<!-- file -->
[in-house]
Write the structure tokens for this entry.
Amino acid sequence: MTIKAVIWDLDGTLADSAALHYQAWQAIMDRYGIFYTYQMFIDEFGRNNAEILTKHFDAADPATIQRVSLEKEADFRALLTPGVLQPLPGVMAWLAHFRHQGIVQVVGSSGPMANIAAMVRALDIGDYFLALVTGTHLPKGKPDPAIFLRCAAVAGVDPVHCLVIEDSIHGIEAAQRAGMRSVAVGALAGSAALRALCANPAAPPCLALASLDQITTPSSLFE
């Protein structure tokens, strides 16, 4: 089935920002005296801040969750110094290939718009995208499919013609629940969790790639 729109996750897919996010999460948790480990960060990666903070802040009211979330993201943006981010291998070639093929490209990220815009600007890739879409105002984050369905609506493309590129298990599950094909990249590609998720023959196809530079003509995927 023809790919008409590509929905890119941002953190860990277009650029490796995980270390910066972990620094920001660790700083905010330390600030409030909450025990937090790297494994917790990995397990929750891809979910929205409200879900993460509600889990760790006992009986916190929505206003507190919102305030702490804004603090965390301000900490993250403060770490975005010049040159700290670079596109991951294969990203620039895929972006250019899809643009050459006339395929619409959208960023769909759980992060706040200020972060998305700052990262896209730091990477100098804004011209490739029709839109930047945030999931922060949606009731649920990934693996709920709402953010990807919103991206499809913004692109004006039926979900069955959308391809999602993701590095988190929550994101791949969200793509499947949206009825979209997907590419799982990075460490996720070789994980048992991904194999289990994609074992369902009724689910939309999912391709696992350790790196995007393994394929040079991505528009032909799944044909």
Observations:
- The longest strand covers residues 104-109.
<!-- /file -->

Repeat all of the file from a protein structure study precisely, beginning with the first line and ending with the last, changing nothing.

[in-house]
Write the structure tokens for this entry.
Amino acid sequence: MTIKAVIWDLDGTLADSAALHYQAWQAIMDRYGIFYTYQMFIDEFGRNNAEILTKHFDAADPATIQRVSLEKEADFRALLTPGVLQPLPGVMAWLAHFRHQGIVQVVGSSGPMANIAAMVRALDIGDYFLALVTGTHLPKGKPDPAIFLRCAAVAGVDPVHCLVIEDSIHGIEAAQRAGMRSVAVGALAGSAALRALCANPAAPPCLALASLDQITTPSSLFE
């Protein structure tokens, strides 16, 4: 089935920002005296801040969750110094290939718009995208499919013609629940969790790639 729109996750897919996010999460948790480990960060990666903070802040009211979330993201943006981010291998070639093929490209990220815009600007890739879409105002984050369905609506493309590129298990599950094909990249590609998720023959196809530079003509995927 023809790919008409590509929905890119941002953190860990277009650029490796995980270390910066972990620094920001660790700083905010330390600030409030909450025990937090790297494994917790990995397990929750891809979910929205409200879900993460509600889990760790006992009986916190929505206003507190919102305030702490804004603090965390301000900490993250403060770490975005010049040159700290670079596109991951294969990203620039895929972006250019899809643009050459006339395929619409959208960023769909759980992060706040200020972060998305700052990262896209730091990477100098804004011209490739029709839109930047945030999931922060949606009731649920990934693996709920709402953010990807919103991206499809913004692109004006039926979900069955959308391809999602993701590095988190929550994101791949969200793509499947949206009825979209997907590419799982990075460490996720070789994980048992991904194999289990994609074992369902009724689910939309999912391709696992350790790196995007393994394929040079991505528009032909799944044909």
Observations:
- The longest strand covers residues 104-109.